Using this definition on our asset we see for example:
  • Looking at the Sharpe Ratio of -0.14 in the last 5 years of Discovery, we see it is relatively lower, thus worse in comparison to the benchmark SPY (0.61)
  • Looking at risk / return profile (Sharpe) in of -0.16 in the period of the last 3 years, we see it is relatively lower, thus worse in comparison to SPY (0.44).

Sortino:

'The Sortino ratio, a variation of the Sharpe ratio only factors in the downside, or negative volatility, rather than the total volatility used in calculating the Sharpe ratio. The theory behind the Sortino variation is that upside volatility is a plus for the investment, and it, therefore, should not be included in the risk calculation. Therefore, the Sortino ratio takes upside volatility out of the equation and uses only the downside standard deviation in its calculation instead of the total standard deviation that is used in calculating the Sharpe ratio.'

Which means for our asset as example:
  • Looking at the downside risk / excess return profile of -0.19 in the last 5 years of Discovery, we see it is relatively smaller, thus worse in comparison to the benchmark SPY (0.85)
  • Looking at ratio of annual return and downside deviation in of -0.22 in the period of the last 3 years, we see it is relatively lower, thus worse in comparison to SPY (0.63).

Ulcer:

'The Ulcer Index is a technical indicator that measures downside risk, in terms of both the depth and duration of price declines. The index increases in value as the price moves farther away from a recent high and falls as the price rises to new highs. The indicator is usually calculated over a 14-day period, with the Ulcer Index showing the percentage drawdown a trader can expect from the high over that period. The greater the value of the Ulcer Index, the longer it takes for a stock to get back to the former high.'

Applying this definition to our asset in some examples:
  • The Ulcer Index over 5 years of Discovery is 35 , which is greater, thus worse compared to the benchmark SPY (9.32 ) in the same period.
  • Looking at Downside risk index in of 41 in the period of the last 3 years, we see it is relatively higher, thus worse in comparison to SPY (10 ).

MaxDD:

'A maximum drawdown is the maximum loss from a peak to a trough of a portfolio, before a new peak is attained. Maximum Drawdown is an indicator of downside risk over a specified time period. It can be used both as a stand-alone measure or as an input into other metrics such as 'Return over Maximum Drawdown' and the Calmar Ratio. Maximum Drawdown is expressed in percentage terms.'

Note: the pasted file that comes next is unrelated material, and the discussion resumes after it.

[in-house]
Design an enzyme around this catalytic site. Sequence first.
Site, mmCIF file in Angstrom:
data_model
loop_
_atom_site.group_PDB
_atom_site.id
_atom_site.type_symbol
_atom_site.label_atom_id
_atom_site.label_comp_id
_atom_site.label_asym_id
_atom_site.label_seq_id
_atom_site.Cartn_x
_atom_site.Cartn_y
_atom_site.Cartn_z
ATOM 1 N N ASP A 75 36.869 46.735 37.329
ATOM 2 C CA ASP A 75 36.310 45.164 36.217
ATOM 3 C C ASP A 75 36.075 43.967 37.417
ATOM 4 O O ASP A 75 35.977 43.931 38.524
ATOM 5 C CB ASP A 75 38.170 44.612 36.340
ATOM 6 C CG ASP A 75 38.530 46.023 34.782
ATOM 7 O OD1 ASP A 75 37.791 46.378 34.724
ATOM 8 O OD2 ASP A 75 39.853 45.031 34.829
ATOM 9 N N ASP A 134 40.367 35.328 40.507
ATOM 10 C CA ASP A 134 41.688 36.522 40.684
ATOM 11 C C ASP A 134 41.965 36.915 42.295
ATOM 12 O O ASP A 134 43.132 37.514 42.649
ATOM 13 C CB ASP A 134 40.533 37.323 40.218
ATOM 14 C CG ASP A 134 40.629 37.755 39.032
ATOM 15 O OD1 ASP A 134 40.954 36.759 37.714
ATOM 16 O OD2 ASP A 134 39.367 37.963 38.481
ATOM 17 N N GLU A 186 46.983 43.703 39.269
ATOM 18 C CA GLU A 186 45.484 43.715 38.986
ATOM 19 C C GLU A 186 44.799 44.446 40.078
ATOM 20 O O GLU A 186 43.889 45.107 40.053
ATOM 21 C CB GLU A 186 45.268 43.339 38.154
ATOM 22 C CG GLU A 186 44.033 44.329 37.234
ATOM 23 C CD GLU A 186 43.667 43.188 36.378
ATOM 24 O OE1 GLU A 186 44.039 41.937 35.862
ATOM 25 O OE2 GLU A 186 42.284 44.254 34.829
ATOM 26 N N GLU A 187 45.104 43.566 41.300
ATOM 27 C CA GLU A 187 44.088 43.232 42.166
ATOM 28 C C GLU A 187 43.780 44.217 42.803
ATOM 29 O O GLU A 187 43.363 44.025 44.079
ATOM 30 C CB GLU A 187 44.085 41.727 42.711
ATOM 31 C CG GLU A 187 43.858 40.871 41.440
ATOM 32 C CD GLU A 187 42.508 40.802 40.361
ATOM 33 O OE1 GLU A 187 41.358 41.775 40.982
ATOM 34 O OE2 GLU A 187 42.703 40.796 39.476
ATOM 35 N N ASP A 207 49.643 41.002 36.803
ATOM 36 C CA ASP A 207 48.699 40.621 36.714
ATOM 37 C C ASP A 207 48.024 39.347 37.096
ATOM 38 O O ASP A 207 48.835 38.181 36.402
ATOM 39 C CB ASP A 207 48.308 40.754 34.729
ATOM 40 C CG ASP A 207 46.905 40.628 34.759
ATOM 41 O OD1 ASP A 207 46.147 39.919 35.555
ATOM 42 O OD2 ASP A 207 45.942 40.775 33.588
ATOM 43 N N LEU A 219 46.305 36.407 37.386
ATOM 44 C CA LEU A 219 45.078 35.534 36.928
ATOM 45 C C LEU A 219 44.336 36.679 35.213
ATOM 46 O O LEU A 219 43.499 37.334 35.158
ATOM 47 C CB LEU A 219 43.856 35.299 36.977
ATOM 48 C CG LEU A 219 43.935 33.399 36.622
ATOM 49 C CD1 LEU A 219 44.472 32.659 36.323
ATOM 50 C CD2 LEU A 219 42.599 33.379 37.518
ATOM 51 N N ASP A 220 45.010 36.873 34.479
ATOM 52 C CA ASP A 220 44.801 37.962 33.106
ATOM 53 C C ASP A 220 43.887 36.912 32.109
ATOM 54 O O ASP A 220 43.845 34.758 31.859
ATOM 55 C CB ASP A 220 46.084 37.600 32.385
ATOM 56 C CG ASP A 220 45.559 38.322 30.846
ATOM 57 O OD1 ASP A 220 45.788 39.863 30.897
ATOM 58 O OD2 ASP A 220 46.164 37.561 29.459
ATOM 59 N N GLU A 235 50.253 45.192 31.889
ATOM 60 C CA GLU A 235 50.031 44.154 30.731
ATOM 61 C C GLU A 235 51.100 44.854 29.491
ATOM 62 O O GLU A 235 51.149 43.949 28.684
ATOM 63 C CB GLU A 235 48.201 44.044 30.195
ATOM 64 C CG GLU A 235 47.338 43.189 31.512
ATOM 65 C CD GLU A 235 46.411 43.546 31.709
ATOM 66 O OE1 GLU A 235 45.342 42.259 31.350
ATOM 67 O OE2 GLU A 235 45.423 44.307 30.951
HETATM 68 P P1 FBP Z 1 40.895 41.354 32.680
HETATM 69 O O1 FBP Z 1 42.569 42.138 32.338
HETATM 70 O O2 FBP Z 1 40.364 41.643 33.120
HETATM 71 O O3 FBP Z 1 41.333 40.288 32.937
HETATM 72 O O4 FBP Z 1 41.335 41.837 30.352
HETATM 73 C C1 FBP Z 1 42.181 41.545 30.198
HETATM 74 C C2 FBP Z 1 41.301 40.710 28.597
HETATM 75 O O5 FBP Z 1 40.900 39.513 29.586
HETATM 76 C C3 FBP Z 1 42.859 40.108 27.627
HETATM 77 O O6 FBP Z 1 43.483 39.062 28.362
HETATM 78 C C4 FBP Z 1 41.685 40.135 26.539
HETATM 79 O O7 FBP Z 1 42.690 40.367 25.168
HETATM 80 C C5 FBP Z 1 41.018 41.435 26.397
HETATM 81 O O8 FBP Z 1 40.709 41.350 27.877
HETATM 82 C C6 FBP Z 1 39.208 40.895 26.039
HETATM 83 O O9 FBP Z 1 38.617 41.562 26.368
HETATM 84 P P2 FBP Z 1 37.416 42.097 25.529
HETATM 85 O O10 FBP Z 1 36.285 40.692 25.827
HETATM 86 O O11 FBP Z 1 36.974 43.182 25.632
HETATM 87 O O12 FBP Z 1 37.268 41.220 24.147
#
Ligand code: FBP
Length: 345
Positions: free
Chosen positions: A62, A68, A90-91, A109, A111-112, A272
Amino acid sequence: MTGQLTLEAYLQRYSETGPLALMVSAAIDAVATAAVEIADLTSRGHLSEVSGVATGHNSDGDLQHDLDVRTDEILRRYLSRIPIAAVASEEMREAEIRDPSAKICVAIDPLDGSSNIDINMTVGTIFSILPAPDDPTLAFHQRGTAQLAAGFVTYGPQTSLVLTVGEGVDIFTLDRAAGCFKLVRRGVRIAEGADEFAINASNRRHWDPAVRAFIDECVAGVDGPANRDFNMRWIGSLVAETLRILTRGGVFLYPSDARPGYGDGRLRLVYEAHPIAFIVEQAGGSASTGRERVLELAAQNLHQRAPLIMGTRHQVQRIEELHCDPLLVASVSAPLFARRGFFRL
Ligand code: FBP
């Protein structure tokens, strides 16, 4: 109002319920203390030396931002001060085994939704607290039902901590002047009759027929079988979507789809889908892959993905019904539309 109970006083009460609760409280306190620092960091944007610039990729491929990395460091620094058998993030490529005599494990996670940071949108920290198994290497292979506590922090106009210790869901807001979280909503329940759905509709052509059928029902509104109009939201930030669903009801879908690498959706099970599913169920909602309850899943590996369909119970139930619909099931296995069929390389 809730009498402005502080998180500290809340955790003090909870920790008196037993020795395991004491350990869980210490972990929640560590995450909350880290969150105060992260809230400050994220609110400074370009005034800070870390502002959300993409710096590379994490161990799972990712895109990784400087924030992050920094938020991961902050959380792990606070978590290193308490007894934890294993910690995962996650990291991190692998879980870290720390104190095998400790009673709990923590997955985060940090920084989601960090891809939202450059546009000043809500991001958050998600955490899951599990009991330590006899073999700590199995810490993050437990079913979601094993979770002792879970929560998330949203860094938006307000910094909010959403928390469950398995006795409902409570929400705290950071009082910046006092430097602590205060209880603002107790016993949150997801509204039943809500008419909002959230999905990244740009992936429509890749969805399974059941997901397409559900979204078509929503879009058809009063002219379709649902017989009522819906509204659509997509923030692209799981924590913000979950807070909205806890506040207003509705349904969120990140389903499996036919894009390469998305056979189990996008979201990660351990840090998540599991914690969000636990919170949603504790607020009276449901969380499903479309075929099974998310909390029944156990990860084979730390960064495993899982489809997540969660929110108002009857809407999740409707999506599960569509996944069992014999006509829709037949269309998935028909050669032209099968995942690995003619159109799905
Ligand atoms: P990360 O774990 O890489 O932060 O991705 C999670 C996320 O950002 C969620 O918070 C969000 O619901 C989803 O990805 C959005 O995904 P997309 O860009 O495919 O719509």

Using this definition on our asset we see for example:
  • The maximum drop from peak to valley over 5 years of Discovery is -71.2 days, which is smaller, thus worse compared to the benchmark SPY (-33.7 days) in the same period.
  • Looking at maximum DrawDown in of -71.2 days in the period of the last 3 years, we see it is relatively smaller, thus worse in comparison to SPY (-24.5 days).

MaxDuration:

'The Maximum Drawdown Duration is an extension of the Maximum Drawdown. However, this metric does not explain the drawdown in dollars or percentages, rather in days, weeks, or months. It is the length of time the account was in the Max Drawdown. A Max Drawdown measures a retrenchment from when an equity curve reaches a new high. It’s the maximum an account lost during that retrenchment. This method is applied because a valley can’t be measured until a new high occurs. Once the new high is reached, the percentage change from the old high to the bottom of the largest trough is recorded.'

Applying this definition to our asset in some examples:
  • Looking at the maximum time in days below previous high water mark of 541 days in the last 5 years of Discovery, we see it is relatively larger, thus worse in comparison to the benchmark SPY (488 days)
  • Compared with SPY (488 days) in the period of the last 3 years, the maximum days below previous high of 278 days is lower, thus better.

AveDuration:

'The Drawdown Duration is the length of any peak to peak period, or the time between new equity highs. The Avg Drawdown Duration is the average amount of time an investment has seen between peaks (equity highs), or in other terms the average of time under water of all drawdowns. So in contrast to the Maximum duration it does not measure only one drawdown event but calculates the average of all.'

Which means for our asset as example:
  • Compared with the benchmark SPY (123 days) in the period of the last 5 years, the average days under water of 196 days of Discovery is greater, thus worse.
  • Compared with SPY (180 days) in the period of the last 3 years, the average time in days below previous high water mark of 111 days is lower, thus better.

Performance (YTD)

Historical returns have been extended using synthetic data.

Allocations ()

Allocations

Returns (%)

  • Note that yearly returns do not equal the sum of monthly returns due to compounding.
  • Performance results of Discovery are hypothetical and do not account for slippage, fees or taxes.